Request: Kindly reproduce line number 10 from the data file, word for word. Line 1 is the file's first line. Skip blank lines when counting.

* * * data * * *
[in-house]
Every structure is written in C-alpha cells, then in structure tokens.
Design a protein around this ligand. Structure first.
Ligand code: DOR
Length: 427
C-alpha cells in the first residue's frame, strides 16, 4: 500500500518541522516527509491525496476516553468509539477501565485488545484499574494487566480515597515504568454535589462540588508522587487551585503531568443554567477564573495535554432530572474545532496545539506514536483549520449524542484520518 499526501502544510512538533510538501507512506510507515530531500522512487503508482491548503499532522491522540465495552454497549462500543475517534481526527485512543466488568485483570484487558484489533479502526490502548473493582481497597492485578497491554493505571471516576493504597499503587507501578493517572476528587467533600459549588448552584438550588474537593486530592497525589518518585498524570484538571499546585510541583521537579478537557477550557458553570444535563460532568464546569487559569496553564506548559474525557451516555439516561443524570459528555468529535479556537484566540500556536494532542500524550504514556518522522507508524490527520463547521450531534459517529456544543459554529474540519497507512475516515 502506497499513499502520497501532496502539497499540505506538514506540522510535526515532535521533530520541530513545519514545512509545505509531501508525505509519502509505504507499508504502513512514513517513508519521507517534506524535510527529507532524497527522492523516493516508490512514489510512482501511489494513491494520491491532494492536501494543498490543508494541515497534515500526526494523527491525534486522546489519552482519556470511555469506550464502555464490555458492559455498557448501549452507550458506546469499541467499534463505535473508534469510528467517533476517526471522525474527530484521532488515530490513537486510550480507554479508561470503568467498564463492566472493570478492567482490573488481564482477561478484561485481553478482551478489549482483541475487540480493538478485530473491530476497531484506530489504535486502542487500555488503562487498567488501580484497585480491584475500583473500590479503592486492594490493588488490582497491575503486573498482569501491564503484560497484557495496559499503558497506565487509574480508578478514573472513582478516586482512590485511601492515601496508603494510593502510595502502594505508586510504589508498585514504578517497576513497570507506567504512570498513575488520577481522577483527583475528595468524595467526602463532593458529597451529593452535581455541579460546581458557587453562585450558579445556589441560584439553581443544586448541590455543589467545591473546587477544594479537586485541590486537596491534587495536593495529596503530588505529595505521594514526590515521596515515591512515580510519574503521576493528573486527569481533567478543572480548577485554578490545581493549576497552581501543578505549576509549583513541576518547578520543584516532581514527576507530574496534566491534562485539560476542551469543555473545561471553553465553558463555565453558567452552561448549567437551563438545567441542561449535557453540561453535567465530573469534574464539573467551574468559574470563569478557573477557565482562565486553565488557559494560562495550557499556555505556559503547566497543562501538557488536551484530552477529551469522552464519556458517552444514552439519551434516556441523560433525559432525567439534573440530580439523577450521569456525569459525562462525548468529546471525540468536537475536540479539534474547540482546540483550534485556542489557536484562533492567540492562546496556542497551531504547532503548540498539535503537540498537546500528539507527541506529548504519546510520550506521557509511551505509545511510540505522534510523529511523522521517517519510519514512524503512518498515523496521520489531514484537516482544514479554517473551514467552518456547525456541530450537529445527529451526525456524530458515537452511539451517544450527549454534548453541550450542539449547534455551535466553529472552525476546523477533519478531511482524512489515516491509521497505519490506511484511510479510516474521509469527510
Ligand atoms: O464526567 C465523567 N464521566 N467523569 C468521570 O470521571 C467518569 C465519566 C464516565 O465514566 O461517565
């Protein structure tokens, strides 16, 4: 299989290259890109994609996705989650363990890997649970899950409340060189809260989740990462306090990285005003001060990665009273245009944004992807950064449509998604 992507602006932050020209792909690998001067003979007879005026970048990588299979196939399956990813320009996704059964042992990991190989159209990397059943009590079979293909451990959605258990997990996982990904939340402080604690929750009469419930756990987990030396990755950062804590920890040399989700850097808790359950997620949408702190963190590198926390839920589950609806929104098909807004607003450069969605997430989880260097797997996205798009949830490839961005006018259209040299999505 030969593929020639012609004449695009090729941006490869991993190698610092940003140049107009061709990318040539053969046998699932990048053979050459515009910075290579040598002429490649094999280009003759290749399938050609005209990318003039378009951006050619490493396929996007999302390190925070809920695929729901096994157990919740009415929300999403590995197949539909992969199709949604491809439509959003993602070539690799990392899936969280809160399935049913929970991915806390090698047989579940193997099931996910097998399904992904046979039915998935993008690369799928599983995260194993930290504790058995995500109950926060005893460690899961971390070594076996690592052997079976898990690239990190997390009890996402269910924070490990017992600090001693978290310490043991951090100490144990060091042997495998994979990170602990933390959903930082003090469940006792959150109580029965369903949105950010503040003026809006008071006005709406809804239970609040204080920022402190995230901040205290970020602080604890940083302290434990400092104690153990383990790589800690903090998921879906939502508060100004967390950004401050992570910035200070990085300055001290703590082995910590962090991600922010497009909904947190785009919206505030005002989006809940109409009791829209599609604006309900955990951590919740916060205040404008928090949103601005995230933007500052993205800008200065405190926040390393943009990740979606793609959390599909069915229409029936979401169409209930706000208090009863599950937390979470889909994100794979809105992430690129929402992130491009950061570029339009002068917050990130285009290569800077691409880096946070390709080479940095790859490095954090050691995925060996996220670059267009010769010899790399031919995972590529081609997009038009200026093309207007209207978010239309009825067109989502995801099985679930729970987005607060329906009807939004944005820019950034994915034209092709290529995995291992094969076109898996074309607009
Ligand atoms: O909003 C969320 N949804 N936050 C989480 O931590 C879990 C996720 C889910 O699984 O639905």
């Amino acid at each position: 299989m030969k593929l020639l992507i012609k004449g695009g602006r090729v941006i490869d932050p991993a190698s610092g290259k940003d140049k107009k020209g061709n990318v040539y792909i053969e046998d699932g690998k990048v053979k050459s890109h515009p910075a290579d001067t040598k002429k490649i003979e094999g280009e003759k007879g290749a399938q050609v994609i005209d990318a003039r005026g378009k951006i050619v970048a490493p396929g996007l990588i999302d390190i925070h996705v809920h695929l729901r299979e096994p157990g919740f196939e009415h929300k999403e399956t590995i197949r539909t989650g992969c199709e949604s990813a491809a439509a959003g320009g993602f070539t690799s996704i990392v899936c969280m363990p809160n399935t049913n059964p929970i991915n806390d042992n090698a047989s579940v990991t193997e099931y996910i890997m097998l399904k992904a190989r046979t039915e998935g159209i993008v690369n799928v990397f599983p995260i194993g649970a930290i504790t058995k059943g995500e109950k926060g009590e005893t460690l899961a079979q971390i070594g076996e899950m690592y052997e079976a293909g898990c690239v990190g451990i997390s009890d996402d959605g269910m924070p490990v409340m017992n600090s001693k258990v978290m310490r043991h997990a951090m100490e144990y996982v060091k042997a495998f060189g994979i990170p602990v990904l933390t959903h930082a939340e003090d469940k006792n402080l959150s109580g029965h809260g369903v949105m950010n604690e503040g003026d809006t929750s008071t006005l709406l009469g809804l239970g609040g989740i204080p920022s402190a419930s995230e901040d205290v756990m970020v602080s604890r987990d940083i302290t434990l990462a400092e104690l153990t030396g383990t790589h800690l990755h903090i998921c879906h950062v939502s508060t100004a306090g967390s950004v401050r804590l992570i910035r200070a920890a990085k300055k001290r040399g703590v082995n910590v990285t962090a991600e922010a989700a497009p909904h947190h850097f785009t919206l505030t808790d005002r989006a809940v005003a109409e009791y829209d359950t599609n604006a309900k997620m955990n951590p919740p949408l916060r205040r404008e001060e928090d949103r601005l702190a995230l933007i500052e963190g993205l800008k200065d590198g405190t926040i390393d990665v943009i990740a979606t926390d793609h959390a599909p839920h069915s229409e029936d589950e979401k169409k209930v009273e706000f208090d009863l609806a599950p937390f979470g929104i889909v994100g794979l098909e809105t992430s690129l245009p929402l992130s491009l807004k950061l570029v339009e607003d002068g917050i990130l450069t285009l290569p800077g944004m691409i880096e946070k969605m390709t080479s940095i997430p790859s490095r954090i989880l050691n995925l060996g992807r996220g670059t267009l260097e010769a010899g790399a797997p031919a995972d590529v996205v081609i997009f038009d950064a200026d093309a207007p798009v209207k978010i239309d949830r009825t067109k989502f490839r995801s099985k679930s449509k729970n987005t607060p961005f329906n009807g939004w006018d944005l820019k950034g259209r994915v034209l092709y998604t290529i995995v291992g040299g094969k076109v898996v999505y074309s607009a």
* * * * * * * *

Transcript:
């Amino acid at each position: 299989m030969k593929l020639l992507i012609k004449g695009g602006r090729v941006i490869d932050p991993a190698s610092g290259k940003d140049k107009k020209g061709n990318v040539y792909i053969e046998d699932g690998k990048v053979k050459s890109h515009p910075a290579d001067t040598k002429k490649i003979e094999g280009e003759k007879g290749a399938q050609v994609i005209d990318a003039r005026g378009k951006i050619v970048a490493p396929g996007l990588i999302d390190i925070h996705v809920h695929l729901r299979e096994p157990g919740f196939e009415h929300k999403e399956t590995i197949r539909t989650g992969c199709e949604s990813a491809a439509a959003g320009g993602f070539t690799s996704i990392v899936c969280m363990p809160n399935t049913n059964p929970i991915n806390d042992n090698a047989s579940v990991t193997e099931y996910i890997m097998l399904k992904a190989r046979t039915e998935g159209i993008v690369n799928v990397f599983p995260i194993g649970a930290i504790t058995k059943g995500e109950k926060g009590e005893t460690l899961a079979q971390i070594g076996e899950m690592y052997e079976a293909g898990c690239v990190g451990i997390s009890d996402d959605g269910m924070p490990v409340m017992n600090s001693k258990v978290m310490r043991h997990a951090m100490e144990y996982v060091k042997a495998f060189g994979i990170p602990v990904l933390t959903h930082a939340e003090d469940k006792n402080l959150s109580g029965h809260g369903v949105m950010n604690e503040g003026d809006t929750s008071t006005l709406l009469g809804l239970g609040g989740i204080p920022s402190a419930s995230e901040d205290v756990m970020v602080s604890r987990d940083i302290t434990l990462a400092e104690l153990t030396g383990t790589h800690l990755h903090i998921c879906h950062v939502s508060t100004a306090g967390s950004v401050r804590l992570i910035r200070a920890a990085k300055k001290r040399g703590v082995n910590v990285t962090a991600e922010a989700a497009p909904h947190h850097f785009t919206l505030t808790d005002r989006a809940v005003a109409e009791y829209d359950t599609n604006a309900k997620m955990n951590p919740p949408l916060r205040r404008e001060e928090d949103r601005l702190a995230l933007i500052e963190g993205l800008k200065d590198g405190t926040i390393d990665v943009i990740a979606t926390d793609h959390a599909p839920h069915s229409e029936d589950e979401k169409k209930v009273e706000f208090d009863l609806a599950p937390f979470g929104i889909v994100g794979l098909e809105t992430s690129l245009p929402l992130s491009l807004k950061l570029v339009e607003d002068g917050i990130l450069t285009l290569p800077g944004m691409i880096e946070k969605m390709t080479s940095i997430p790859s490095r954090i989880l050691n995925l060996g992807r996220g670059t267009l260097e010769a010899g790399a797997p031919a995972d590529v996205v081609i997009f038009d950064a200026d093309a207007p798009v209207k978010i239309d949830r009825t067109k989502f490839r995801s099985k679930s449509k729970n987005t607060p961005f329906n009807g939004w006018d944005l820019k950034g259209r994915v034209l092709y998604t290529i995995v291992g040299g094969k076109v898996v999505y074309s607009a």